The status quo is doing just fine here.
illustration by peter noonan
In February, New Hampshire voters sent a message to the nation and around the world. During the state’s first-in-the-nation presidential primary, local Republicans and Democrats alike said it was time to elect political outsiders who deliver a populist message about how to help the country’s shrinking middle class.
But as the filing period for New Hampshire’s elected positions — from county commissioner to governor and US Senate — open up in the first part of June, most of the contenders aren’t outsider candidates carrying a populist message. And the few who are, aren’t catching on. Instead of a new political order, New Hampshire’s local politics is business as usual.
There was no denying that New Hampshire voters knew what they liked and didn’t like during the presidential primary. Donald Trump won the state’s Republican primary by 20 percentage points and Bernie Sanders won the state’s Democratic primary by 22 percentage points. This was no fluke.
Even more stunning is that this was the first time either had won a Republican or Democratic primary.
And yet the candidates for governor are all either currently in elected office or have been part of the state political infrastructure for years. No one in the state Senate backed Sanders or Trump, and all are expected to be re-elected next year. When it comes to the Congressional races, the likely Republican and Democratic nominees didn’t go with the winners of the primary. The same is true for the state’s US Senate contest.
Sanders argued that it is time for a political revolution, but no one is exactly picking up a pitchfork to help lead the movement here, despite the fact many in New Hampshire agree with the sentiment.
There are a few interested in taking up the cause, but their prospects don’t look great. In the First Congressional District, Democratic newcomer Shawn O’Connor promotes himself as the only Congressional candidate to back Sanders. But hes has been in the race for some time and it appears unlikely at this writing that he can defeat former Congresswoman Carol Shea-Porter, who has won five straight Democratic primaries for this seat. In the US Senate race, Republican Jim Rubens is trying to overcome three straight losses to challenge incumbent Republican Senator Kelly Ayotte. In the hours before the presidential primary, he backed Trump.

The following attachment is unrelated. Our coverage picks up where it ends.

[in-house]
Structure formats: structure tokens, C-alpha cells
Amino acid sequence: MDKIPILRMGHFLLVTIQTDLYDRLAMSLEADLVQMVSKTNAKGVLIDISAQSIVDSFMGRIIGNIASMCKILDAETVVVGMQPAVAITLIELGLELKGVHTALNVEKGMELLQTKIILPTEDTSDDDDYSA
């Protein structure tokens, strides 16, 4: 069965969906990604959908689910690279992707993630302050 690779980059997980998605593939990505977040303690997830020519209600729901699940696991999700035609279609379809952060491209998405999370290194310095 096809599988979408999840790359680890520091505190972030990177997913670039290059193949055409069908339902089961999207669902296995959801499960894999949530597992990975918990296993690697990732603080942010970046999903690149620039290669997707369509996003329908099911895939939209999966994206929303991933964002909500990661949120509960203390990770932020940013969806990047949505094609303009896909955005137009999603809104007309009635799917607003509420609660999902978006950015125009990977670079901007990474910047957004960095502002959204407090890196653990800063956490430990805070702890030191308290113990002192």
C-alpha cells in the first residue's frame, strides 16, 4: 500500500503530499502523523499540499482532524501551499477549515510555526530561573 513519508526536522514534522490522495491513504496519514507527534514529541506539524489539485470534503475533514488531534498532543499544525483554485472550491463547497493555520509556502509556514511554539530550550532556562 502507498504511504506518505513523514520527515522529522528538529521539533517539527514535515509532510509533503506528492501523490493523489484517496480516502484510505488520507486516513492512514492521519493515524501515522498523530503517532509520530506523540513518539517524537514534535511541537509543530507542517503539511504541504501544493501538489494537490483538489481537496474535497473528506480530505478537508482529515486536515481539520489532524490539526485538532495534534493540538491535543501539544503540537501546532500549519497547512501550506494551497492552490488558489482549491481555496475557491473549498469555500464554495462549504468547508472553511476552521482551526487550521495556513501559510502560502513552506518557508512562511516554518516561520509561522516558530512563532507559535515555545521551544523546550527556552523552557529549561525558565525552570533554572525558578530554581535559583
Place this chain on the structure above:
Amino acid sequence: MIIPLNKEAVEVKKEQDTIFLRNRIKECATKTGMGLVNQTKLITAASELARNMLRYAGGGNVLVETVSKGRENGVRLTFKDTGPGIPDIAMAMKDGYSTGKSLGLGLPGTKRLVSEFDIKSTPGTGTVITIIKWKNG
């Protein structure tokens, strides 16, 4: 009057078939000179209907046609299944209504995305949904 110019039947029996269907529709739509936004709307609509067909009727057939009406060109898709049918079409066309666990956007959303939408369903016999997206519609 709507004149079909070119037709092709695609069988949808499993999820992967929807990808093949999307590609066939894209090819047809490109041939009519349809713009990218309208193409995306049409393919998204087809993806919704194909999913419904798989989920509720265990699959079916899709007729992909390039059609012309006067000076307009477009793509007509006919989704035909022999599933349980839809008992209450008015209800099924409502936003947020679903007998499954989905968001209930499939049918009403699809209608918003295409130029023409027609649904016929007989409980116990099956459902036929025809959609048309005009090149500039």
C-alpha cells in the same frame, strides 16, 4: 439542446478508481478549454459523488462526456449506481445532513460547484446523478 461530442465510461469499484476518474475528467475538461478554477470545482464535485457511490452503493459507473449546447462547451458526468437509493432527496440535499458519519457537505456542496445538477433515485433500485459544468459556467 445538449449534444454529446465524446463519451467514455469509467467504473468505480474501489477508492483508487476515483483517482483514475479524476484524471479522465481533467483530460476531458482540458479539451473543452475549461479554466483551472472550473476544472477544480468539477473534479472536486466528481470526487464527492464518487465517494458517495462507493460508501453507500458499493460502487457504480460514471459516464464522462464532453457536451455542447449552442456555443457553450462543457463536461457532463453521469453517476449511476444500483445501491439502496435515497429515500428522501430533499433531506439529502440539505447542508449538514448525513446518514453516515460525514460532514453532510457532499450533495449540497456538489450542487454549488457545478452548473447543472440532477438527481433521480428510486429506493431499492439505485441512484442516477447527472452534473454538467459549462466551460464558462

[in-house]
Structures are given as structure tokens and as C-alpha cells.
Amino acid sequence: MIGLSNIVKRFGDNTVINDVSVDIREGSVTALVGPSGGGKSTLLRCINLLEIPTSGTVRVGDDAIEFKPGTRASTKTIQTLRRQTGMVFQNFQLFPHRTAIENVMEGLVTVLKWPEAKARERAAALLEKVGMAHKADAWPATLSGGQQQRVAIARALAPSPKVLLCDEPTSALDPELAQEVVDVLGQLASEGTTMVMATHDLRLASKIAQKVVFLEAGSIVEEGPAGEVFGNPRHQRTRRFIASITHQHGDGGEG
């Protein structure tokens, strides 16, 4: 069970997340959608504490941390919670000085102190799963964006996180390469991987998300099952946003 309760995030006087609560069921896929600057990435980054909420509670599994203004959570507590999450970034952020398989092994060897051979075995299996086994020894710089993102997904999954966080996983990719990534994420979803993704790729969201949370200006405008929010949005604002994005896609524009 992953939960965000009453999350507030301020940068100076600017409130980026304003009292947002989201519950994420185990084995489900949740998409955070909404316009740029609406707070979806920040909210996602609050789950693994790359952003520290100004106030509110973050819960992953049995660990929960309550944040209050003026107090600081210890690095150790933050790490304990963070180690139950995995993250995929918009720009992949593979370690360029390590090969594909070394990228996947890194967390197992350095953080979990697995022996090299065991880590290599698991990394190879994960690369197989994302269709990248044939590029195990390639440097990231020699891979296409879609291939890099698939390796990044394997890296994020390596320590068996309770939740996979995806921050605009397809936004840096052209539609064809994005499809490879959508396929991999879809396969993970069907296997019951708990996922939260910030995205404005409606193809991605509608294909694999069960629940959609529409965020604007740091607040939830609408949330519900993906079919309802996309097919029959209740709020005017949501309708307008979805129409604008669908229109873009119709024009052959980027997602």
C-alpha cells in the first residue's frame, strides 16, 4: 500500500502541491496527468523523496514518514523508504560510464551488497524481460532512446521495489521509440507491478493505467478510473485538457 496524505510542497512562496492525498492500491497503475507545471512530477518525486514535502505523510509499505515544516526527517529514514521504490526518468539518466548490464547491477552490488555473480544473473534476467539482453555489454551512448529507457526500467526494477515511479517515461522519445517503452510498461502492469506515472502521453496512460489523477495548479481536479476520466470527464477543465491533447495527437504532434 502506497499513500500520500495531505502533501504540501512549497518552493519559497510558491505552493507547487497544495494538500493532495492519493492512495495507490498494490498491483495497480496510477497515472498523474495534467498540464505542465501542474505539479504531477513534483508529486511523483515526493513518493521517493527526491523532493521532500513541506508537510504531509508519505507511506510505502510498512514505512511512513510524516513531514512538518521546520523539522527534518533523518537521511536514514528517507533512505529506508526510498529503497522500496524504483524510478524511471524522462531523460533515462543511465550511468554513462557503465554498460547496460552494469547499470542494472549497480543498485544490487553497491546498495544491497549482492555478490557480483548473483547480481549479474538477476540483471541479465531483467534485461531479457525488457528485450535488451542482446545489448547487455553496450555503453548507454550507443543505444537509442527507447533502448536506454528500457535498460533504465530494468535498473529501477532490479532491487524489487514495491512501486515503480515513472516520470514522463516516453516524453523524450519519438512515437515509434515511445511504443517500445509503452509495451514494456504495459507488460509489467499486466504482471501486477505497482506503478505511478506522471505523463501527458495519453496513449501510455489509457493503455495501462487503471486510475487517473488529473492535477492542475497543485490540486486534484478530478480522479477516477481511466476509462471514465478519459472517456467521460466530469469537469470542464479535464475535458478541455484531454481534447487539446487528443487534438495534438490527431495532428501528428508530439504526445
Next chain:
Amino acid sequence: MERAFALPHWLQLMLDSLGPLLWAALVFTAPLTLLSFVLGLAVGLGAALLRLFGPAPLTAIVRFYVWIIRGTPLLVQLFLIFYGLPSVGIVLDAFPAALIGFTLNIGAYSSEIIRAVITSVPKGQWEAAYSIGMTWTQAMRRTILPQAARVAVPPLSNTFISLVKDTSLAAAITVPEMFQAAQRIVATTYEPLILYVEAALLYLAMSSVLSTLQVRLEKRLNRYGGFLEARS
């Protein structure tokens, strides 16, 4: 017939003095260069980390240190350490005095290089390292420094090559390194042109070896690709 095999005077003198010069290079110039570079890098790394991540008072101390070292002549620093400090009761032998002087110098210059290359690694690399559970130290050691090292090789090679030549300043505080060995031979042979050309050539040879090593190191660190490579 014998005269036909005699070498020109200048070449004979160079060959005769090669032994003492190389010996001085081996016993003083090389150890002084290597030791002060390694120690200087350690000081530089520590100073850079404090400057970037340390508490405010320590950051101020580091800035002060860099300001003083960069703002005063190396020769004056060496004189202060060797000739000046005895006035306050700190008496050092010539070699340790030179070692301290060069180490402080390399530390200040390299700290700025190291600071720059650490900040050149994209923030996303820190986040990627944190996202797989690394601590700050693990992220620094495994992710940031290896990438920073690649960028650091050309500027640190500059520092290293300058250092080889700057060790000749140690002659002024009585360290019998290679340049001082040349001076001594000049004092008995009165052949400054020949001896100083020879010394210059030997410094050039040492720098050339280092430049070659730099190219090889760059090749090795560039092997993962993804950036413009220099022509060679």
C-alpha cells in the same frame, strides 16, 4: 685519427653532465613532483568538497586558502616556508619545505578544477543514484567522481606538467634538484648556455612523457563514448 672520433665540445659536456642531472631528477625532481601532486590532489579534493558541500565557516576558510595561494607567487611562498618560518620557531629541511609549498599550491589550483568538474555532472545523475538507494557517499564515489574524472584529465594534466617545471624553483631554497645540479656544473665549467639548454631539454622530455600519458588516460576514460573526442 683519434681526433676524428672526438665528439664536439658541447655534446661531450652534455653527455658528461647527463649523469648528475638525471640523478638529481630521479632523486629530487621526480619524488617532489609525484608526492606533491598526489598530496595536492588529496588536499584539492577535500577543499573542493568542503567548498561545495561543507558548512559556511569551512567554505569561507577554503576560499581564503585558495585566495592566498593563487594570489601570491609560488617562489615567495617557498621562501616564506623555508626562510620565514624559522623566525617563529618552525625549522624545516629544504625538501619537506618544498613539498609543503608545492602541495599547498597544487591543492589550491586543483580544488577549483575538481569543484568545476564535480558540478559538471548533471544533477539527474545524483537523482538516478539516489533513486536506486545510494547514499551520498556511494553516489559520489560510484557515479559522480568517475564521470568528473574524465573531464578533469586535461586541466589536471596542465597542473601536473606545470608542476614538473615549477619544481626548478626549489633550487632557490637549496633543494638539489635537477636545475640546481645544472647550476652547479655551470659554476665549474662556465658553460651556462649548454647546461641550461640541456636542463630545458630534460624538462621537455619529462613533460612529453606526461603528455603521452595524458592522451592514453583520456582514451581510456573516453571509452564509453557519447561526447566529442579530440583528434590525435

Following the presidential primary, there was a lot of discussion about what the big wins for outsiders would mean for New Hampshire politics going forward. There have been many examples of political players who got started in politics because of the state’s presidential primary, including US Senator Jeanne Shaheen, who got involved because of Jimmy Carter’s 1976 campaign.
Key players of the Sanders campaign in New Hampshire say they want to remake the Democratic Party here. They believe that the party needs to listen to the more liberal voters. On the Republican side, Trump supporters are spending their time trying to get state Republican Party chair Jennifer Horn removed from office because she told the Boston Globe in the fall that Trump wouldn’t win the New Hampshire Primary and listed the reasons why he wouldn’t. (Oops.)
But so far, elected politics on the local level is still made up of those willing to volunteer to be part of the system, and most incumbents are re-elected. While New Hampshire voters appear to be angry, they are not so angry that they want a political revolution at home.